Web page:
This was a pleasure which perhaps the whole day’s visit might not afford, which certainly did not belong to the present half-hour; but the very sight of Mrs. Weston, her smile, her touch, her voice was grateful to Emma, and she determined to think as little as possible of Mr. Elton’s oddities, or of anything else unpleasant, and enjoy all that was enjoyable to the utmost. The misfortune of Harriet’s cold had been pretty well gone through before her arrival. Mr. Woodhouse had been safely seated long enough to give the history of it, besides all the history of his own and Isabella’s coming and of Emma’s being to follow, and had indeed just got to the end of his satisfaction that James should come and see his daughter when the others appeared, and Mrs. Weston, who had been almost wholly engrossed by her attentions to him, was able to turn away and welcome her dear Emma.
Emma’s project of forgetting Mr. Elton for a while made her rather sorry to find when they had all taken their places that he was close to her. The difficulty was great of driving his strange insensibility towards Harriet from her mind while he not only sat at her elbow but was continually obtruding his happy countenance on her notice and solicitously addressing her upon every occasion. Instead of forgetting him, his behavior was such that she could not avoid the internal suggestion, “Can it really be as my brother imagined? can it be possible for this man to be beginning to transfer his affections from Harriet to me? — Absurd and insufferable!”— Yet he would be so anxious for her being perfectly warm, would be so interested about her father, and so delighted with Mrs. Weston; and at last would begin admiring her drawings with so much zeal and so little knowledge as seemed terribly like a would-be lover, and made it some effort with her to preserve her good manners. For her own sake, she could not be rude; and for Harriet’s, in the hope that all would yet turn out right, she was even positively civil; but it was an effort; especially as something was going on amongst the others, in the most overpowering period of Mr. Elton’s nonsense, which she particularly wished to listen to. She heard enough to know that Mr. Weston was giving some information about his son; she heard the words “my son,” and “Frank,” and “my son,” repeated several times over; and, from a few other half-syllables very much suspected that he was announcing an early visit from his son; but before she could quiet Mr. Elton, the subject was so completely past that any reviving question from her would have been awkward.
Now, it so happened that in spite of Emma’s resolution of never marrying, there was something in the name, in the idea of Mr. Frank Churchill, which always interested her. She had frequently thought — especially since his father’s marriage with Miss Taylor — that if she were to marry, he was the very person.
Mr. Woodhouse was soon ready for his tea, and when he had drank his tea, he was quite ready to go home; and it was as much as his three companions could do to entertain away his notice of the lateness of the hour before the other gentlemen appeared. Mr. Weston was chatty and convivial and no friend to early separations of any sort, but at last, the drawing-room party did receive an augmentation. Mr. Elton, in very good spirits, was one of the first to walk in. Mrs. Weston and Emma were sitting together on a sofa. He joined them immediately and, with scarcely an invitation, seated himself between them. Emma, in good spirits too, from the amusement afforded her mind by the expectation of Mr. Frank Churchill, was willing to forget his late improprieties and be as well satisfied with him as before, and on his making Harriet his very first subject, was ready to listen with most friendly smiles.
He professed himself extremely anxious about her fair friend — her fair, lovely, amiable friend. “Did she know? — Has she heard anything about her since their being at Randalls? — he felt much anxiety — he must confess that the nature of her complaint alarmed him considerably.” And in this style, he talked on for some time very properly, not much attending to any answer, but altogether sufficiently awake to the terror of a bad sore throat; and Emma was quite in charity with him.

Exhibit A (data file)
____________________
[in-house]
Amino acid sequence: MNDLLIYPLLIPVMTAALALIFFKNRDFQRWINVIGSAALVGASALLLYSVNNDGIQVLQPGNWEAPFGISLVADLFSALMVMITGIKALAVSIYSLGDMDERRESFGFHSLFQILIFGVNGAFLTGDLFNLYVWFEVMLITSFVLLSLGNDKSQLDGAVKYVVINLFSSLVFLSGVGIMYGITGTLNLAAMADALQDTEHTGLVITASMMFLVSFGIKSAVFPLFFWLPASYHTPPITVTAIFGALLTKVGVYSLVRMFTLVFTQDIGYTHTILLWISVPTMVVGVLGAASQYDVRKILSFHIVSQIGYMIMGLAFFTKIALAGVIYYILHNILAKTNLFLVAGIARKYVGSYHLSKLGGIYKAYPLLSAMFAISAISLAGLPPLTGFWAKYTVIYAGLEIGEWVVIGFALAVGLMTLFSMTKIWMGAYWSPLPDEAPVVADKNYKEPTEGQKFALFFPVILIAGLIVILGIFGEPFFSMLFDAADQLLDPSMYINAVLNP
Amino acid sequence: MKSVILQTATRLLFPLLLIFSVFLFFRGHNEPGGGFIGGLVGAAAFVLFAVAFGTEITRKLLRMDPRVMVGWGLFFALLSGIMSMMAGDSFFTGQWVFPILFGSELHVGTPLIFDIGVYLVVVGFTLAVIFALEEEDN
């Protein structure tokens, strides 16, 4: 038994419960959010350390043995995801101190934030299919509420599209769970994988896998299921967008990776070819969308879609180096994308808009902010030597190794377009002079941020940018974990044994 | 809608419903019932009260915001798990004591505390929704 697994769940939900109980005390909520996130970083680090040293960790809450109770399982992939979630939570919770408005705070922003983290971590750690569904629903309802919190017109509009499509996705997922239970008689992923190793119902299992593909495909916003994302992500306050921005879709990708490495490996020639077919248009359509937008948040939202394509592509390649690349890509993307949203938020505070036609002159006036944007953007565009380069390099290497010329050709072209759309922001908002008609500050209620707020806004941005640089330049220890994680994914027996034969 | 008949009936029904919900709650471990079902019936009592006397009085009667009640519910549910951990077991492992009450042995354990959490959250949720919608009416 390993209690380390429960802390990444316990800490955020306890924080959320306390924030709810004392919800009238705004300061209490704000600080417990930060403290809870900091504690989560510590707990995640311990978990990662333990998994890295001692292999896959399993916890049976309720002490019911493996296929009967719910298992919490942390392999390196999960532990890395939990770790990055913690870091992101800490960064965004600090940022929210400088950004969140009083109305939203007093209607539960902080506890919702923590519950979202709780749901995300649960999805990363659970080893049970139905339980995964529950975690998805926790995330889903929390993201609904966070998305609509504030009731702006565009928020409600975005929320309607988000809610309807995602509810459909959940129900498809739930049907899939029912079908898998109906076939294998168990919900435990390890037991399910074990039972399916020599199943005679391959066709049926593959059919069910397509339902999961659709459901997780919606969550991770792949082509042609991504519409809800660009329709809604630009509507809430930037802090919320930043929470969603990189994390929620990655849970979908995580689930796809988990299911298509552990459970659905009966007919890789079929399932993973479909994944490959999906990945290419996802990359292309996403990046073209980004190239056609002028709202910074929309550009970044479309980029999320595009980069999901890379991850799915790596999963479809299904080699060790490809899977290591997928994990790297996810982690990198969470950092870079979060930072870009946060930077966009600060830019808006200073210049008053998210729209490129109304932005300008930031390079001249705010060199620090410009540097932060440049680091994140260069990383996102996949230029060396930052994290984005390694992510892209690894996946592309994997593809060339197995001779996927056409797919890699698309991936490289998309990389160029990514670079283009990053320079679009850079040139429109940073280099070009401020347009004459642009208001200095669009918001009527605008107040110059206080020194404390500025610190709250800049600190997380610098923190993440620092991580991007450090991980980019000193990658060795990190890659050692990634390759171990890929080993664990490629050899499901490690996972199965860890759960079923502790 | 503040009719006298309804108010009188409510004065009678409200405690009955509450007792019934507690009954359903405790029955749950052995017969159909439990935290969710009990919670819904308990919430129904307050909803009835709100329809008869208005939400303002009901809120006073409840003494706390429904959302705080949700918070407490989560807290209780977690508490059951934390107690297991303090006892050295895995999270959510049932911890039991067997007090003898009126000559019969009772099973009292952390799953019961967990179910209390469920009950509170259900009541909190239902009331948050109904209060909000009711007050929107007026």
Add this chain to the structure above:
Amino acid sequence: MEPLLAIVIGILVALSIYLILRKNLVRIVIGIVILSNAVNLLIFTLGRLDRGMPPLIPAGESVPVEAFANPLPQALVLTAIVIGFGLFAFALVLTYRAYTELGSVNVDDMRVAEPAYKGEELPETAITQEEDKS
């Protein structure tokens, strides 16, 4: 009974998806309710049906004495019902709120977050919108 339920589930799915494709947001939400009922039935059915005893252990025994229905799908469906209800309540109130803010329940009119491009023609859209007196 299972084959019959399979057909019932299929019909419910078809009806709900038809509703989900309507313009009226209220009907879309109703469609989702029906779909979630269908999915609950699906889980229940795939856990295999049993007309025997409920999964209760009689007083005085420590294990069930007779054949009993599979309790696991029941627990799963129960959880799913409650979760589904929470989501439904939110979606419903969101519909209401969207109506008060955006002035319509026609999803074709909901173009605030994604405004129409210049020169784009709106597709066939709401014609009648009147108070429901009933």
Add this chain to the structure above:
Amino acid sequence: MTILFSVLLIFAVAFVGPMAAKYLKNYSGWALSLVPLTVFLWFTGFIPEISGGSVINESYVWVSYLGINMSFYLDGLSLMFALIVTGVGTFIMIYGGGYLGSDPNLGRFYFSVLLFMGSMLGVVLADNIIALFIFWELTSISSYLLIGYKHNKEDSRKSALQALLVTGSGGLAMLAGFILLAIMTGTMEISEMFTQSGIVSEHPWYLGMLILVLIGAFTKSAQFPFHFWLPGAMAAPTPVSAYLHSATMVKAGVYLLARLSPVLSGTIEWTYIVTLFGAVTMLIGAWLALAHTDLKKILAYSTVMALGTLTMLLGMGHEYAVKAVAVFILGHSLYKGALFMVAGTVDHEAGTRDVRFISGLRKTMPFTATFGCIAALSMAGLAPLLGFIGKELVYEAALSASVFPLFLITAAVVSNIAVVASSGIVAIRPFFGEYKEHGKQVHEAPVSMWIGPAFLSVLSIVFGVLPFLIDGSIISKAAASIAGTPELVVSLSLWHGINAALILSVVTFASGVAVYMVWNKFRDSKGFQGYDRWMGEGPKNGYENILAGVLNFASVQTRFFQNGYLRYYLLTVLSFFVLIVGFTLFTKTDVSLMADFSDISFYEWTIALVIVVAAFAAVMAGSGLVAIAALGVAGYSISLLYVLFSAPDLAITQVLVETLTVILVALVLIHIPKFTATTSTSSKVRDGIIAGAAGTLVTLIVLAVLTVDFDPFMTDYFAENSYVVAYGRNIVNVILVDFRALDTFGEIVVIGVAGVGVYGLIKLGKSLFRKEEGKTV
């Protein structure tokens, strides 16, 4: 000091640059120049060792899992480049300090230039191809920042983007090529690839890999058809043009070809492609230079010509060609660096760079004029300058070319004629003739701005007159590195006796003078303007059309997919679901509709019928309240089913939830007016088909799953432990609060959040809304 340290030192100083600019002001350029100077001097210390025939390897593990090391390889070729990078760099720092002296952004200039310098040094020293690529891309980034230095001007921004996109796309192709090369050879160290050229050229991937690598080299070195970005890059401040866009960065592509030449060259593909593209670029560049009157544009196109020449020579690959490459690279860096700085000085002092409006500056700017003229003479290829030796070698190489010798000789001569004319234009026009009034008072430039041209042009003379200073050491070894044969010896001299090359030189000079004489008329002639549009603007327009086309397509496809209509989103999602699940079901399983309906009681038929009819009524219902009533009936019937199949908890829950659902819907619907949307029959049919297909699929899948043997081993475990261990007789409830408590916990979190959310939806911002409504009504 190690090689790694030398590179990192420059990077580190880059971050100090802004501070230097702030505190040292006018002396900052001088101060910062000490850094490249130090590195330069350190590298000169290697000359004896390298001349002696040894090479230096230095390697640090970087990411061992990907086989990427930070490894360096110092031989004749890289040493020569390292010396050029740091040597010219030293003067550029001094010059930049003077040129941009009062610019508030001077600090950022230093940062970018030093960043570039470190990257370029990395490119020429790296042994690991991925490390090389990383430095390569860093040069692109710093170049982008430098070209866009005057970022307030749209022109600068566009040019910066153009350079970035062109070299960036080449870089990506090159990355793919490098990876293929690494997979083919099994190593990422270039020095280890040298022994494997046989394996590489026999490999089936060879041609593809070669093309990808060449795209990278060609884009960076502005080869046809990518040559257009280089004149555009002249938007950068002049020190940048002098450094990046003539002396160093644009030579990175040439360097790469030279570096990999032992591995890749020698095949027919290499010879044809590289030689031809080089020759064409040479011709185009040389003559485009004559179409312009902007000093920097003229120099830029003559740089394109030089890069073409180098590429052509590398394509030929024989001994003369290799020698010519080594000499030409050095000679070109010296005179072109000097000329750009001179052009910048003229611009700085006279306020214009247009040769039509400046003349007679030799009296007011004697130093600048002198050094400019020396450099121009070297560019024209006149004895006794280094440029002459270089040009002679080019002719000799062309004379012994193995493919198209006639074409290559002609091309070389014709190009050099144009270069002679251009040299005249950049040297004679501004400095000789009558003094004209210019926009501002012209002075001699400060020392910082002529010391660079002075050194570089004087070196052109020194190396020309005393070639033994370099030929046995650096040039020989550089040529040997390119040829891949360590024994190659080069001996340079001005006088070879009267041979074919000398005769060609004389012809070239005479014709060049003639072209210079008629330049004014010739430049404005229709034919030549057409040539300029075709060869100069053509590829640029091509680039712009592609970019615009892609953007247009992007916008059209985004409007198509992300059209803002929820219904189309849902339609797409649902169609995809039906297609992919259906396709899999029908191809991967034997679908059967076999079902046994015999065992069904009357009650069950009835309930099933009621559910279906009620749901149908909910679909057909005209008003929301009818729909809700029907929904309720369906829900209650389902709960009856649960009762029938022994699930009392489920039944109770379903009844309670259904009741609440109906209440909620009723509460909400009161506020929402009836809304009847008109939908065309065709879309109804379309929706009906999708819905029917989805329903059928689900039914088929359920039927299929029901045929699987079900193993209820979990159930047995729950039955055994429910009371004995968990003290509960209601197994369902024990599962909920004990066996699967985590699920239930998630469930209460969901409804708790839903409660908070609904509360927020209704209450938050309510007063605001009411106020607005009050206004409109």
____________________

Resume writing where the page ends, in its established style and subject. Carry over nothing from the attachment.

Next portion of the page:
But at last, there seemed a perverse turn; it seemed all at once as if he were more afraid of its being a bad sore throat on her account than on Harriet’s — more anxious that she should escape the infection than that there should be no infection in the complaint. He began with great earnestness to entreat her to refrain from visiting the sick chamber again, for the present — to entreat her to promise him not to venture into such hazard till he had seen Mr. Perry and learned his opinion; and though she tried to laugh it off and bring the subject back into its proper course, there was no putting an end to his extreme solicitude about her. She was vexed. It did appear — there was no concealing it — exactly like the pretense of being in love with her, instead of Harriet; an inconstancy, if real, the most contemptible and abominable! and she had difficulty in behaving with temper. He turned to Mrs. Weston to implore her assistance, “Would not she give him her support? — would not she add her persuasions to his to induce Miss Woodhouse not to go to Mrs. Goddard’s till it was certain that Miss Smith’s disorder had no infection? He could not be satisfied without a promise — would not she give him her influence in procuring it?”
“So scrupulous for others,” he continued, “and yet so careless for herself! She wanted me to nurse my cold by staying at home today and yet will not promise to avoid the danger of catching an ulcerated sore throat herself. Is this fair, Mrs. Weston? — Judge between us. Have not I some right to complain? I am sure of your kind support and aid.” Emma saw Mrs. Weston’s surprize and felt that it must be great, at an address which, in words and manner, was assuming to himself the right of first interest in her; and as for herself, she was too much provoked and offended to have the power of directly saying anything to the purpose. She could only give him a look, but it was such a look as she thought must restore him to his senses, and then left the sofa, removing to a seat by her sister and giving her all her attention.
She had not to time to know how Mr. Elton took the reproof, so rapidly did another subject succeed; for Mr. John Knightley now came into the room from examining the weather and opened on them all with the information of the ground being covered with snow, and of its still snowing fast, with strong drifting wind; concluding with these words to Mr. Woodhouse: “This will prove a spirited beginning of your winter engagements, sir.